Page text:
Ulrich J. Frey and Frauke Pirscher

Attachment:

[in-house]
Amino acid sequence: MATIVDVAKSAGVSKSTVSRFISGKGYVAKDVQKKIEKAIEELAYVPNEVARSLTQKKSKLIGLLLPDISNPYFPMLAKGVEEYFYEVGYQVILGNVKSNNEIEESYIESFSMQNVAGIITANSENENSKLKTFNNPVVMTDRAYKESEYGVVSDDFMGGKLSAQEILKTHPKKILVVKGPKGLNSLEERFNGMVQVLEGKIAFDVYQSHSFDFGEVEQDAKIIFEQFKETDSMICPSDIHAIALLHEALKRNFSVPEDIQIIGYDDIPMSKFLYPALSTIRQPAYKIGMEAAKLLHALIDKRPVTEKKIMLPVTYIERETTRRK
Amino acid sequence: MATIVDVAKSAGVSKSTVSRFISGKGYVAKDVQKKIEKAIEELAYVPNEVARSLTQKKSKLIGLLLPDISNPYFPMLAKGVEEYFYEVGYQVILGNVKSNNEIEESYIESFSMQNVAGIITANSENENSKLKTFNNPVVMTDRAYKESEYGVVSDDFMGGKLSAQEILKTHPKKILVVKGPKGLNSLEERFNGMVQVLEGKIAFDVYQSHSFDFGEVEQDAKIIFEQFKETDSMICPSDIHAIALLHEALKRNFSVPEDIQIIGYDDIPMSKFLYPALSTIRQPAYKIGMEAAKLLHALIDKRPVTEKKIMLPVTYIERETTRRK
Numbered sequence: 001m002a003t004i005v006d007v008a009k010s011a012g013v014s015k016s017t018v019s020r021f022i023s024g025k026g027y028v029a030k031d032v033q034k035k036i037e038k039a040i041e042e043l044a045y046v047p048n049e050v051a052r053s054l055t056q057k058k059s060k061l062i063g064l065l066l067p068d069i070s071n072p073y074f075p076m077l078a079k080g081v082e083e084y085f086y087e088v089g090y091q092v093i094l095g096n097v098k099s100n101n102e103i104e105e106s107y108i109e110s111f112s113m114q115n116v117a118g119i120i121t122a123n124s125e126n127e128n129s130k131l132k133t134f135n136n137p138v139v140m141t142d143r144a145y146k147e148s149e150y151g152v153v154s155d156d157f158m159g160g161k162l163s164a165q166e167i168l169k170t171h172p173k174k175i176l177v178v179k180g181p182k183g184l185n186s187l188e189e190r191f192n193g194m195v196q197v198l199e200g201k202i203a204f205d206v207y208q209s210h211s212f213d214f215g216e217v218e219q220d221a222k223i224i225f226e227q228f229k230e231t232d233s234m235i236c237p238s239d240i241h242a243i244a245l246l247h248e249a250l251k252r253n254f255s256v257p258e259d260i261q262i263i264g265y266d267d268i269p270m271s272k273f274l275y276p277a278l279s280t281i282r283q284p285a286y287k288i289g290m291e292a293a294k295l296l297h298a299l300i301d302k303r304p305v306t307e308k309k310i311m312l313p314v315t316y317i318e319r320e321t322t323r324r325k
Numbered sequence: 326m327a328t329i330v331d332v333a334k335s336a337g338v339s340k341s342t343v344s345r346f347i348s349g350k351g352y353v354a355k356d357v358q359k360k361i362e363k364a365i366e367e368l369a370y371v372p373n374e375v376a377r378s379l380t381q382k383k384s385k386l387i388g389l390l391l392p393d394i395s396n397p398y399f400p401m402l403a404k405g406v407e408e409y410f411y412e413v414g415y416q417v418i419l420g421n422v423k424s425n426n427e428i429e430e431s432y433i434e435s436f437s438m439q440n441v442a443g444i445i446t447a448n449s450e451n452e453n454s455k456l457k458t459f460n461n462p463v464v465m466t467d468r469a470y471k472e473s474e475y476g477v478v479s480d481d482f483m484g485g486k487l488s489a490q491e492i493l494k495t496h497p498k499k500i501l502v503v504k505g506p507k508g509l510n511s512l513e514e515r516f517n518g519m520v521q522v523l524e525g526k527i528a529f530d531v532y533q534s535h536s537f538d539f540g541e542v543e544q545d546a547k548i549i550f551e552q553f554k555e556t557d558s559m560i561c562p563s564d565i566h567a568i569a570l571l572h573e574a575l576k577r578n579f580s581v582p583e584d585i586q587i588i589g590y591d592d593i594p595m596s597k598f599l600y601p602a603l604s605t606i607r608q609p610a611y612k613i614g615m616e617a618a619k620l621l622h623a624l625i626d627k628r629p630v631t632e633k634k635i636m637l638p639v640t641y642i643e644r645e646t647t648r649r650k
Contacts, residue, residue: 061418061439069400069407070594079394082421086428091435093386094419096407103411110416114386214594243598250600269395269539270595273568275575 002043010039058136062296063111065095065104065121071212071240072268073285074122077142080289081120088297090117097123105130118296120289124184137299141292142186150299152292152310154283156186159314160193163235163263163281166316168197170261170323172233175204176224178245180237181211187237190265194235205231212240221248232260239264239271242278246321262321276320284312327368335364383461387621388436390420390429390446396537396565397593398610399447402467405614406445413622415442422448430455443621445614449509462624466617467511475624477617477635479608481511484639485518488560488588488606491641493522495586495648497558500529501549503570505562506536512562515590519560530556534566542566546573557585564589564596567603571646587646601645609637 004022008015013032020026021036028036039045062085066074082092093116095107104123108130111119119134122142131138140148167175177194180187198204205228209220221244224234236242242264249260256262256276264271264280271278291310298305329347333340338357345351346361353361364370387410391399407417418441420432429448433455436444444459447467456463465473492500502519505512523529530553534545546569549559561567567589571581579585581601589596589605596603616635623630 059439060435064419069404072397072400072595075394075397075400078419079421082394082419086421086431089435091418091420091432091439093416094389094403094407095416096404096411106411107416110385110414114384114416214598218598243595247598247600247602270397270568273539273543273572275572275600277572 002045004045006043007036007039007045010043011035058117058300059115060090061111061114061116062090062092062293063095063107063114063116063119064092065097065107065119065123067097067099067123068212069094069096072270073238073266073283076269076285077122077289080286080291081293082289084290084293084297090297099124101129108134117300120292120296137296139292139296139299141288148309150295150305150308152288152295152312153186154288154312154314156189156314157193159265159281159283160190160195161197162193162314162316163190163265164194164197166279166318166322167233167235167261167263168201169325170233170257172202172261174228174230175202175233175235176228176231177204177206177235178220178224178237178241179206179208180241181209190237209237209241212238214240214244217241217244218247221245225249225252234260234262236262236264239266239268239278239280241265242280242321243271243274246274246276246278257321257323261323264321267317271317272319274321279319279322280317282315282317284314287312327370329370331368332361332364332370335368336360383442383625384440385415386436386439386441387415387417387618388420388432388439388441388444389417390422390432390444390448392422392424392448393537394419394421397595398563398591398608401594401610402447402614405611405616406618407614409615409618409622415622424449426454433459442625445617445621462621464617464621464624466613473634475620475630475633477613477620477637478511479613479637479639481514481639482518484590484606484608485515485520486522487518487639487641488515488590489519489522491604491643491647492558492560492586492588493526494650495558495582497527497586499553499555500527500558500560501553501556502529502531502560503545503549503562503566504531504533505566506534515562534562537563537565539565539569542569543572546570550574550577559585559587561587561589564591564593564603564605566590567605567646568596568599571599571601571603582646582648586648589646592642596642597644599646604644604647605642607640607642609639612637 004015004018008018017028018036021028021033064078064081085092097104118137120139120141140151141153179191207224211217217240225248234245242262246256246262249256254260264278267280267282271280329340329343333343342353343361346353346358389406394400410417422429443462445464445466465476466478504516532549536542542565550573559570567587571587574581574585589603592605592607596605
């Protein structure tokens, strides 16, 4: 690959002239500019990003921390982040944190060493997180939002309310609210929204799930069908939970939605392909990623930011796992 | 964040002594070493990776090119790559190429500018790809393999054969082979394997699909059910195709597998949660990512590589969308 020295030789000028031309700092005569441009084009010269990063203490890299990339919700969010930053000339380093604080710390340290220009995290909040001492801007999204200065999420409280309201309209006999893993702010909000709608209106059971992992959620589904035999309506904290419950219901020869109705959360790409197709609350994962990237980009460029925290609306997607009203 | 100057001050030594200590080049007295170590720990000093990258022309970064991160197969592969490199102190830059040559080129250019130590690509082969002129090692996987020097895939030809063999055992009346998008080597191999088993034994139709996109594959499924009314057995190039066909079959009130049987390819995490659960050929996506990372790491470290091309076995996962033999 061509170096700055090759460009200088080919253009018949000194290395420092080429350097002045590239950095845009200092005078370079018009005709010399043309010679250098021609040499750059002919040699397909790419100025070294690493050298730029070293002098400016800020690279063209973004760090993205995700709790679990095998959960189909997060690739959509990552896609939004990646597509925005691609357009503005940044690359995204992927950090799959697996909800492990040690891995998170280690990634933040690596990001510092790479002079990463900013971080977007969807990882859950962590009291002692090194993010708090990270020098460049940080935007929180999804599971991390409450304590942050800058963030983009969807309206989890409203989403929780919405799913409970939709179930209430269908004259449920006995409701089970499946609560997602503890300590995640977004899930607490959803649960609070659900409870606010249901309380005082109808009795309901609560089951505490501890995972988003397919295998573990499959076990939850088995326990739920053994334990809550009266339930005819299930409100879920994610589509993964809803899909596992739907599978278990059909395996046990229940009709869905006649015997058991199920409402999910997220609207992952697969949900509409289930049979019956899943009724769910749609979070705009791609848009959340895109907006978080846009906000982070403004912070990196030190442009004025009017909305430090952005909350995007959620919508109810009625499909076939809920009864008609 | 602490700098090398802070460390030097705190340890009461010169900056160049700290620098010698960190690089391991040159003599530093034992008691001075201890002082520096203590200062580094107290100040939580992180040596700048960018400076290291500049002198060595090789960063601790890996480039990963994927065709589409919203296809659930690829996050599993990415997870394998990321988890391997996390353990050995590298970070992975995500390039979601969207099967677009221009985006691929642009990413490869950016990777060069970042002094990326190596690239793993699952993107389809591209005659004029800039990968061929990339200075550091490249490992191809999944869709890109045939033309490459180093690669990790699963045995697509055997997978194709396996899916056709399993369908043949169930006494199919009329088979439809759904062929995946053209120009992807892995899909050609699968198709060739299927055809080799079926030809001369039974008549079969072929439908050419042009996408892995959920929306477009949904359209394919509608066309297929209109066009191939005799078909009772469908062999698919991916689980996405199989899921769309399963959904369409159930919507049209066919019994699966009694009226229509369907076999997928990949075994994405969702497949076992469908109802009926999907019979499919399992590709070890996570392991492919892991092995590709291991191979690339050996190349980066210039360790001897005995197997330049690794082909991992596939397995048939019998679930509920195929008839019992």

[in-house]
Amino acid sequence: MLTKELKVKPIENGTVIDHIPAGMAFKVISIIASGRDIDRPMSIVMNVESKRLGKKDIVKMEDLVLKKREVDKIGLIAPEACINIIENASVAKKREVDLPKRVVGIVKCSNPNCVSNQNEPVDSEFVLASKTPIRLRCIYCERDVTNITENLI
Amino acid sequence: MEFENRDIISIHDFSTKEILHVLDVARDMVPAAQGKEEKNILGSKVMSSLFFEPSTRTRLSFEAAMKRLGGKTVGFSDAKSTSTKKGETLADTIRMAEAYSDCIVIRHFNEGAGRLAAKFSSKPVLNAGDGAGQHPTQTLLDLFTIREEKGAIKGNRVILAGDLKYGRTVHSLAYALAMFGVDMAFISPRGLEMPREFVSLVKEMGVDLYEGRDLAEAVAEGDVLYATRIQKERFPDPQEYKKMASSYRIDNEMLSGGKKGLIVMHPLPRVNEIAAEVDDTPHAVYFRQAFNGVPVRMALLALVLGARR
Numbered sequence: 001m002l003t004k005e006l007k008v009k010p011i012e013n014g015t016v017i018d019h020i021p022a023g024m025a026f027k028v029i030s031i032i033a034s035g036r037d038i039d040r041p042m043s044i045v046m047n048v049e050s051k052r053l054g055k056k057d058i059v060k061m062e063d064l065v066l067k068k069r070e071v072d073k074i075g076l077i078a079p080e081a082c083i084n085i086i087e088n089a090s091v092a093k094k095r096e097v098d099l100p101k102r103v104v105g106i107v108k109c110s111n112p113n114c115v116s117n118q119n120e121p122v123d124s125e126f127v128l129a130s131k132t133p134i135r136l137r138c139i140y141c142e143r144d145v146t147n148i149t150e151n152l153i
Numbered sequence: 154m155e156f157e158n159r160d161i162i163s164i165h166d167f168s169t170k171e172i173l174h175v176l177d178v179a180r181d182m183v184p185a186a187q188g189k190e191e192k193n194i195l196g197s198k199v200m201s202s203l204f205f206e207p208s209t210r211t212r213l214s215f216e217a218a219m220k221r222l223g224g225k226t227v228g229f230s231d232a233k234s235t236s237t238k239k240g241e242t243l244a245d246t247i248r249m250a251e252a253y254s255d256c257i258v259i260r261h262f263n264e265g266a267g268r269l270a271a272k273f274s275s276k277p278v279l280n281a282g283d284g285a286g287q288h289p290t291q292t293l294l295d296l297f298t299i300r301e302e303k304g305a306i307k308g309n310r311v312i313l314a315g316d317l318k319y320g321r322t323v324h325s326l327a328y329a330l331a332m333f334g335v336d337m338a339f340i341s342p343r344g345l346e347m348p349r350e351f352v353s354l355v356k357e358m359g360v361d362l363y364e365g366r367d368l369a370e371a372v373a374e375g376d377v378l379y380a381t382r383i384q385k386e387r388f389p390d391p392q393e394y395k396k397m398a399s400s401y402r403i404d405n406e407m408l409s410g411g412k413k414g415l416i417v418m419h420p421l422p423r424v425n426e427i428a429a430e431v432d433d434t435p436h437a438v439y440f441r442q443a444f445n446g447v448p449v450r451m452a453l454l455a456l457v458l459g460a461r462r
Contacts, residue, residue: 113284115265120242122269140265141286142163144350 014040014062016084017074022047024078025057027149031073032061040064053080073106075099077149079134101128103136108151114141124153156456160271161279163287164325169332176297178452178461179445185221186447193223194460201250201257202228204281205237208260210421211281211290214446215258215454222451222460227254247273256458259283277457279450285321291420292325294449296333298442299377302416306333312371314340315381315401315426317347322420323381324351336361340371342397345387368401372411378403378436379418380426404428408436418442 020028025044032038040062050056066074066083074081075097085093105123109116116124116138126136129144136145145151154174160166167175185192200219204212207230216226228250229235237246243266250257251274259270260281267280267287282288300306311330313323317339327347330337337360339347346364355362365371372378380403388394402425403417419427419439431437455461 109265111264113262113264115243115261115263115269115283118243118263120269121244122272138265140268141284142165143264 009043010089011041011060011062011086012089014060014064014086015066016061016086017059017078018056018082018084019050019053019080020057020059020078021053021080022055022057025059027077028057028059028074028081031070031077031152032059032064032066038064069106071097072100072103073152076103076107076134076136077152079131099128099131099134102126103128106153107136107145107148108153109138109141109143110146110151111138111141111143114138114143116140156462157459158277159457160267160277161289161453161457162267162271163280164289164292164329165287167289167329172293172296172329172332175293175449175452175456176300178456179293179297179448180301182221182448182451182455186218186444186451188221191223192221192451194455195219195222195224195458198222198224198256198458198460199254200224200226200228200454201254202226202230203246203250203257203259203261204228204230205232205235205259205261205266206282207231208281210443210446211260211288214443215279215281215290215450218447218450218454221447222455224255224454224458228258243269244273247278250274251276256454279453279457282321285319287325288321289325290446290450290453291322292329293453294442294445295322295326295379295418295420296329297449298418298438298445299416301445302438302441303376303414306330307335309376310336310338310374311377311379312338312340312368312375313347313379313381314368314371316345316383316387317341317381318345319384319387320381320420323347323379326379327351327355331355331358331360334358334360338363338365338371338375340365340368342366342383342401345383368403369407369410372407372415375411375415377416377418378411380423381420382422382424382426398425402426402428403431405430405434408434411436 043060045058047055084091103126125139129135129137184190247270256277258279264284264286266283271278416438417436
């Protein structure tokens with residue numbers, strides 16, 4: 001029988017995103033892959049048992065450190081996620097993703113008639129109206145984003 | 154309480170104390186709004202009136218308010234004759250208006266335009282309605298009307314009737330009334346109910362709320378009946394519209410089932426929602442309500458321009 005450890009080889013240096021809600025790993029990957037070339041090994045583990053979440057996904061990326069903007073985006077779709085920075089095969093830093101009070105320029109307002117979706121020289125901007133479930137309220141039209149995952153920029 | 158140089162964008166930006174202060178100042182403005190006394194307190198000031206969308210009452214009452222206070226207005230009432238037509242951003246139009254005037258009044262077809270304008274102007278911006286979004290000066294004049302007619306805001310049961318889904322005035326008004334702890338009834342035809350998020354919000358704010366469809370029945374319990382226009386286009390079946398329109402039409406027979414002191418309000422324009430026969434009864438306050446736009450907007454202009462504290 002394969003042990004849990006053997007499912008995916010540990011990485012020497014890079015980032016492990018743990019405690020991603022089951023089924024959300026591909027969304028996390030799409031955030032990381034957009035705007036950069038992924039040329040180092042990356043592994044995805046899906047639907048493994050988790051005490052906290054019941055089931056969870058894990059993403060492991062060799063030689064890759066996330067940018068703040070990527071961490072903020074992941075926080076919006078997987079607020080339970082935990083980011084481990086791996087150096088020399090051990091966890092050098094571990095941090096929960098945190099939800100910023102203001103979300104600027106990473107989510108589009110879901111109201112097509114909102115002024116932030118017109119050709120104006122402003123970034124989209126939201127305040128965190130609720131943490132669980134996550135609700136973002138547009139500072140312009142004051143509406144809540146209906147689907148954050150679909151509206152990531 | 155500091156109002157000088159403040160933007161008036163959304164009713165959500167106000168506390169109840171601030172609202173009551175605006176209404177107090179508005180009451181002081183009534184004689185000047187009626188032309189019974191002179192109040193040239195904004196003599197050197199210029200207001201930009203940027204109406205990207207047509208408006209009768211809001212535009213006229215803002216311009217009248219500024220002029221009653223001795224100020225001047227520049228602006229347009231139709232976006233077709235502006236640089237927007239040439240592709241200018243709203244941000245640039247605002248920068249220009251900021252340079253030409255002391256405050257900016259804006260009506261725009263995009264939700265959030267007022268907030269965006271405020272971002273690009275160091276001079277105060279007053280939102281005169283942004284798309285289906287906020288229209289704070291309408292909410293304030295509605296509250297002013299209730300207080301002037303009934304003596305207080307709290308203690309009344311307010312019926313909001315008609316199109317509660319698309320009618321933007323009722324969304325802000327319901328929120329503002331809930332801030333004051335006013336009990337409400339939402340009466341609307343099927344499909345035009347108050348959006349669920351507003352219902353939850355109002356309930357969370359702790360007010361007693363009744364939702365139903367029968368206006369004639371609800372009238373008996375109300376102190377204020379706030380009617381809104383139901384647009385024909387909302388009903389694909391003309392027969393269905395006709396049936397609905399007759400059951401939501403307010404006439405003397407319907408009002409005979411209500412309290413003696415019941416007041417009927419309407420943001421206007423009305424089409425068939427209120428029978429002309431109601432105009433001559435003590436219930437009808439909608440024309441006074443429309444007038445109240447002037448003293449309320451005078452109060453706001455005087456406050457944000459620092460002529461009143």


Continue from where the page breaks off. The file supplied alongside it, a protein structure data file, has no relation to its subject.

We find utilitarian alongside deontological attitudes as well as a mixture of both. Thus, presupposing a standard moral attitude is too simple. This has implications for decision-making on markets, since the implicit normative assumptions of a utilitarian position in economics has to be critically assessed. Furthermore, we asked for the willingness to pay for various aspects of farm animal welfare improvement. We find significant positive correlations between willingness to pay and environmental concern, altruism and less apathy. Measured in Euro, a higher environmental concern has the strongest effect on WTP for all five moral scales. Outliers with higher bids are willing to pay almost five times for any aspect of farm animal welfare than the rest of the sample. A more detailed analysis of outliers demonstrates that market-based approaches have restrictions in capturing certain moral values. Moreover, the motivations behind zero bids reveal that moral concerns outweigh indifference towards animal welfare by far. This has implications how policy can be designed to serve people’s demand for higher animal welfare standards. Two other findings are of interest. First, we find a very high number of people assigning an intrinsic value to animals (90%). Second, zero bids and outlier treatment in WTP-studies deserves more careful consideration, since WTP-estimates are easily skewed by excluding these groups.
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